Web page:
Saturday, July 14, 2007

Israel as New Arcadia: the rich Russian rushin' to power

The Social Justice Party, a brand new right-wing political group launched this week, is the brainchild of the charismatic and flamboyant Russian billionaire, Arcadi Gaydamak. The Ukrainian, who is 54, settled in Israel 35 years ago, and has built up a huge following among Israel's one million Russian emigres. He also supports the interests of the country's Orthodox Jews and Israeli-Arabs, and appeals to the 20 per cent of Israelis who live below the poverty line.
Gaydamak, who owns one of Israel's leading football team, captivates pragmatists who are fed up with the blunders and excuses of Prime Minister Ehud Olmert, whose approval rating is in the single digits. Unsurprisingly, Gaydamak is a close ally of the opposition Likud leader and ex-Prime Minister Binyamin Netanyahu. Likud would be one of the main beneficiaries if Mr Gaydamak's party performs well in the next elections, almost guaranteeing Netanyahu's return to the top spot.
Gaydamak does not envision a national role for himself just yet. He wants to be the next mayor of Jerusalem and promote business. "I am the most popular man in Israel," he has boasted, after headline-grabbing stunts like safeguarding the rocket-rattled evacuees of Sderot in tent cities for which he paid out of his own deep pockets. Or proposing to ban pork products from supermarket shelves because selling such meat is "a provocation" to devout Jews and Muslims. (He later wiggled out of the lucrative Tiv Taam supermarket deal when it threatened to erode his political support maong secular Jews and Russian immigrants)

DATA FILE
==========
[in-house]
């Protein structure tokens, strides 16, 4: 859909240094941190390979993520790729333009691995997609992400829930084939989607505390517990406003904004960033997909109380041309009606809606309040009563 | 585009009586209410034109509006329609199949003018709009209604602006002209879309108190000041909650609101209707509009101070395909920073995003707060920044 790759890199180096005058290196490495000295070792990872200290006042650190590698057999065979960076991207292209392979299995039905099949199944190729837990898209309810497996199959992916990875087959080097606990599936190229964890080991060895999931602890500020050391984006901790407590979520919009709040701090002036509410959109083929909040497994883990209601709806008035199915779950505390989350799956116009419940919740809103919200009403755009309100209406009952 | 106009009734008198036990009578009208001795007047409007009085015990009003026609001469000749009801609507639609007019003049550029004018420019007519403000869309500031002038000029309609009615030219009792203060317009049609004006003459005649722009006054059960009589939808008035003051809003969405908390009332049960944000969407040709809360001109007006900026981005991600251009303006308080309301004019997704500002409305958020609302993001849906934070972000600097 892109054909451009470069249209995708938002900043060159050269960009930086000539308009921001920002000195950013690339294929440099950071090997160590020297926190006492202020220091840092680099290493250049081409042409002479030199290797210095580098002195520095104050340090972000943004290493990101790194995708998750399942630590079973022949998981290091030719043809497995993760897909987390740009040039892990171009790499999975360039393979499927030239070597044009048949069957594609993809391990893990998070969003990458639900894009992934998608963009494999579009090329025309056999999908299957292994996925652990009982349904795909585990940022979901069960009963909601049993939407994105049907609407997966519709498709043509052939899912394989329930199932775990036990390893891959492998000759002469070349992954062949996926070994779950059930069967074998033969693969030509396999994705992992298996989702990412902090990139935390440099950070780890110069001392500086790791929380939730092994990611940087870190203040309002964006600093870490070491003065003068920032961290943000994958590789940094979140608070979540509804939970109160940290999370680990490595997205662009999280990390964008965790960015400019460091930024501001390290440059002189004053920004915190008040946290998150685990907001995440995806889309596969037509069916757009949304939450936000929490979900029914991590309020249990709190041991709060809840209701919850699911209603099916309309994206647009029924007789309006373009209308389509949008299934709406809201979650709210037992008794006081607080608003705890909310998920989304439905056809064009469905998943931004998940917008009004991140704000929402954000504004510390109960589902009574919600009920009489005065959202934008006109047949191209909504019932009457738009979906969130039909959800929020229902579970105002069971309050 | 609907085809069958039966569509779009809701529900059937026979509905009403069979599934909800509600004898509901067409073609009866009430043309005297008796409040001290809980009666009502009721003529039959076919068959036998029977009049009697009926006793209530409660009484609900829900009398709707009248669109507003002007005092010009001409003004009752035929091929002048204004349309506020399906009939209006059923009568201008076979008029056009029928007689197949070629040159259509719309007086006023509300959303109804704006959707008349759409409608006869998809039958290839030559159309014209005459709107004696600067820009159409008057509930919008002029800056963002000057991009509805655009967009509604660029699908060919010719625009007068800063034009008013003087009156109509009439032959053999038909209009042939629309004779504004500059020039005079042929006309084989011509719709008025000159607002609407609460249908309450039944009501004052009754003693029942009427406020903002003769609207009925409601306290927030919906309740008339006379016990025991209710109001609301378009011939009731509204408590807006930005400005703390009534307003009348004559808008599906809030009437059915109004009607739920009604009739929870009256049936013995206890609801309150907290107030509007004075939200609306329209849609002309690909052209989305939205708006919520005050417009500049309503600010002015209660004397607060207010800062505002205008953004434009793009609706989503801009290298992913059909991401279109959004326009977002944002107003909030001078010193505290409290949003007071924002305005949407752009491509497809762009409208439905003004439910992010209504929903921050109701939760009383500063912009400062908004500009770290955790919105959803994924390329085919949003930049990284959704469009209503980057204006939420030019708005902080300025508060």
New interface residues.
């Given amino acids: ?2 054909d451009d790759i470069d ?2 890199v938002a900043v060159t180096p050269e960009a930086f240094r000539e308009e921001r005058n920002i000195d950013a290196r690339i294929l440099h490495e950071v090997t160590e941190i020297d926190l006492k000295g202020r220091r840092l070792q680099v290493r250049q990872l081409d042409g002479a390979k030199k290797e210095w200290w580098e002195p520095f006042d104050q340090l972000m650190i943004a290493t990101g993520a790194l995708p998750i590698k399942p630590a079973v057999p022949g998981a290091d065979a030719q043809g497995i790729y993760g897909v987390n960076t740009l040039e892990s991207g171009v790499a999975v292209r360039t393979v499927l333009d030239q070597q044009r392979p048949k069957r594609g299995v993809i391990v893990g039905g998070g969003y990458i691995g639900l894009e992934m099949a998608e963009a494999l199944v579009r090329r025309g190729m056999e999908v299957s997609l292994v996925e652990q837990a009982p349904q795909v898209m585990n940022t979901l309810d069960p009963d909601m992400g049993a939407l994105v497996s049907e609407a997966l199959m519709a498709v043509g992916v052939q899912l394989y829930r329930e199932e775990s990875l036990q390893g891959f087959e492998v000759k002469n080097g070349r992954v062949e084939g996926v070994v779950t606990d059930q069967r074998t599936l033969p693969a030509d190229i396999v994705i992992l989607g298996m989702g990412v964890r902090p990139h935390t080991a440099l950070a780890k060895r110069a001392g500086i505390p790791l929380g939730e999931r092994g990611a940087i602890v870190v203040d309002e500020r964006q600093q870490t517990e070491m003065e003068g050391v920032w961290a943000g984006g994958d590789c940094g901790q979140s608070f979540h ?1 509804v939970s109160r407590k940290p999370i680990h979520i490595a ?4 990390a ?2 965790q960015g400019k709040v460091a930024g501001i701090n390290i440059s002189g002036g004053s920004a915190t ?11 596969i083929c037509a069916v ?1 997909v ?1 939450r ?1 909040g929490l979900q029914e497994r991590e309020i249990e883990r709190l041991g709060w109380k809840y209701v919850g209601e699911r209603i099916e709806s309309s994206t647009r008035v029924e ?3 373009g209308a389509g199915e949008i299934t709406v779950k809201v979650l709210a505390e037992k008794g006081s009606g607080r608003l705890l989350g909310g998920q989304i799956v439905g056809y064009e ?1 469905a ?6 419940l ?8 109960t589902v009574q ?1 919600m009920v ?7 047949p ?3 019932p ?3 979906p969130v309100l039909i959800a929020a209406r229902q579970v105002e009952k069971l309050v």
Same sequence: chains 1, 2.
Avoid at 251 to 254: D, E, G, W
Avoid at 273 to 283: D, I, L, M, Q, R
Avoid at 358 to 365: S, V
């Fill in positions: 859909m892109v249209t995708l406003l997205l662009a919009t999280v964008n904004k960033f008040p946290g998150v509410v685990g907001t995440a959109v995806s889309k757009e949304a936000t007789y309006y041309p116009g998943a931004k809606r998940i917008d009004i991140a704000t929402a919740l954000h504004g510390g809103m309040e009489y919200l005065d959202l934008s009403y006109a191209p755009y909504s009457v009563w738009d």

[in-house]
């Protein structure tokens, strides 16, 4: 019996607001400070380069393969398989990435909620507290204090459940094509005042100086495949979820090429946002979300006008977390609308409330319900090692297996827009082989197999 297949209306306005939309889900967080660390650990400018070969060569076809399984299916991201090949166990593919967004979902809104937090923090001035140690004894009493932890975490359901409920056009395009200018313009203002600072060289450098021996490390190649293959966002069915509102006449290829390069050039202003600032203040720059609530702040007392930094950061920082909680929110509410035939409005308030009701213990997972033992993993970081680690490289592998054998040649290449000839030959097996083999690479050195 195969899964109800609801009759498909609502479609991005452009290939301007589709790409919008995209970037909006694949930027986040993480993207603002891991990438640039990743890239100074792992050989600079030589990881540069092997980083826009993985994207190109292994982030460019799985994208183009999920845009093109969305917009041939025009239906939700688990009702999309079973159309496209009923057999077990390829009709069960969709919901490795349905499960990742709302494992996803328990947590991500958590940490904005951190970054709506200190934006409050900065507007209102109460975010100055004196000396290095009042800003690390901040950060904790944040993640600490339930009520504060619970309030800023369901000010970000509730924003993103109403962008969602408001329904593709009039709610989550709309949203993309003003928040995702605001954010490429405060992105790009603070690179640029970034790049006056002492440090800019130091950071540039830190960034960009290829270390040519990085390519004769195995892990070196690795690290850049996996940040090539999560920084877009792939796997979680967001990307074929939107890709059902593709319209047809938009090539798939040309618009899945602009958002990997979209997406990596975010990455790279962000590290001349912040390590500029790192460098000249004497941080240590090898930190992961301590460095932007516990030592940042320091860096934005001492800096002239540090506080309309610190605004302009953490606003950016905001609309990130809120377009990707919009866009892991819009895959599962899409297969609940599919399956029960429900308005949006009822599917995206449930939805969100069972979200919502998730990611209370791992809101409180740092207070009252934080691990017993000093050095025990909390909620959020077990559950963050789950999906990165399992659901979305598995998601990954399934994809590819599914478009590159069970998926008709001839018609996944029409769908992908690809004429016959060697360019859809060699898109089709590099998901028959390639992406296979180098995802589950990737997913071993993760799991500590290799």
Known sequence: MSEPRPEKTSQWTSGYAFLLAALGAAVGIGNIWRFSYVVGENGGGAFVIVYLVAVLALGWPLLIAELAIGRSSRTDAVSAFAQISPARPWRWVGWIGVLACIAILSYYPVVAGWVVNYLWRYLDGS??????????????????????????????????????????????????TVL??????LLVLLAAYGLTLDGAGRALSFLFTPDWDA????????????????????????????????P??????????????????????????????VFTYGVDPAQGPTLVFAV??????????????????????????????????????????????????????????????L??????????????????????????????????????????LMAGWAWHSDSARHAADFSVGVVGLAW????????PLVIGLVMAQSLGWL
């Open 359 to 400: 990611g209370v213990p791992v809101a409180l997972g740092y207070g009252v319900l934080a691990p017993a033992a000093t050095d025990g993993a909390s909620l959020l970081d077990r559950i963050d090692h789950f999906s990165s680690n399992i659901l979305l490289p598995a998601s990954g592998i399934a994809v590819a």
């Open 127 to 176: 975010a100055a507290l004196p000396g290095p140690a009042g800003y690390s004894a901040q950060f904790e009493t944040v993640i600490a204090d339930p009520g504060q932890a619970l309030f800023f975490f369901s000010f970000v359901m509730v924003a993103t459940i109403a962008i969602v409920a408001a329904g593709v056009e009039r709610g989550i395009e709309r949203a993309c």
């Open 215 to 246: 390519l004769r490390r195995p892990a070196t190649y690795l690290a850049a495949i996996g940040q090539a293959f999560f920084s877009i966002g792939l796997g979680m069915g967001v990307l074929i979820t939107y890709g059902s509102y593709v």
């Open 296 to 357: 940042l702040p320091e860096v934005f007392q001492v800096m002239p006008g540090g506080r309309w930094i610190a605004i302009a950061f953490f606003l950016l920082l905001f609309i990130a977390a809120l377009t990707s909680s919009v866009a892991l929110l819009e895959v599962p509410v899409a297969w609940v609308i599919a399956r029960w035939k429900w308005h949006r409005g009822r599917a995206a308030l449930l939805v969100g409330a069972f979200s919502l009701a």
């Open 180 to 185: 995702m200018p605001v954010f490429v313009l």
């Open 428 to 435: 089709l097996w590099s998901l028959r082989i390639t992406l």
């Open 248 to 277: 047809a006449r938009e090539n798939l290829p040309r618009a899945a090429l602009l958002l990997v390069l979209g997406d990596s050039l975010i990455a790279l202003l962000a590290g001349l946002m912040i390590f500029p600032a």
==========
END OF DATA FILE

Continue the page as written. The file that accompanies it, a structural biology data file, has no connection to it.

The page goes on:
His broad appeal is reflected among the founders of the new Social Justice Party. These include a Bedouin Israeli army officer, the president of an association that helps the handicapped, and a apparatchik from the former Soviet Union. There are some questions looming over his rise to prominence.
Intriguingly, the well-travelled Mr Gaydamak (who alternatively spells his name Arkady Gaidamak!)holds Angolan, Canadian, Israeli and French passports and he doesn't speak a word of Hebrew. Wanted in France in connection with allegations of illegal arms sales to Angola in the early 1990s, Gaydamak emphatically denies any wrongdoing.
His office insists Mr Gaydamak "has not broken any laws in France or elsewhere. In Israel, Arcadi Gaydamak is not the object of any judicial investigations and all rumours are spread by the representatives of the French administration and [Gaydamak's] rivals in business and politics".
He definitely is the dark horse in Israeli politics.

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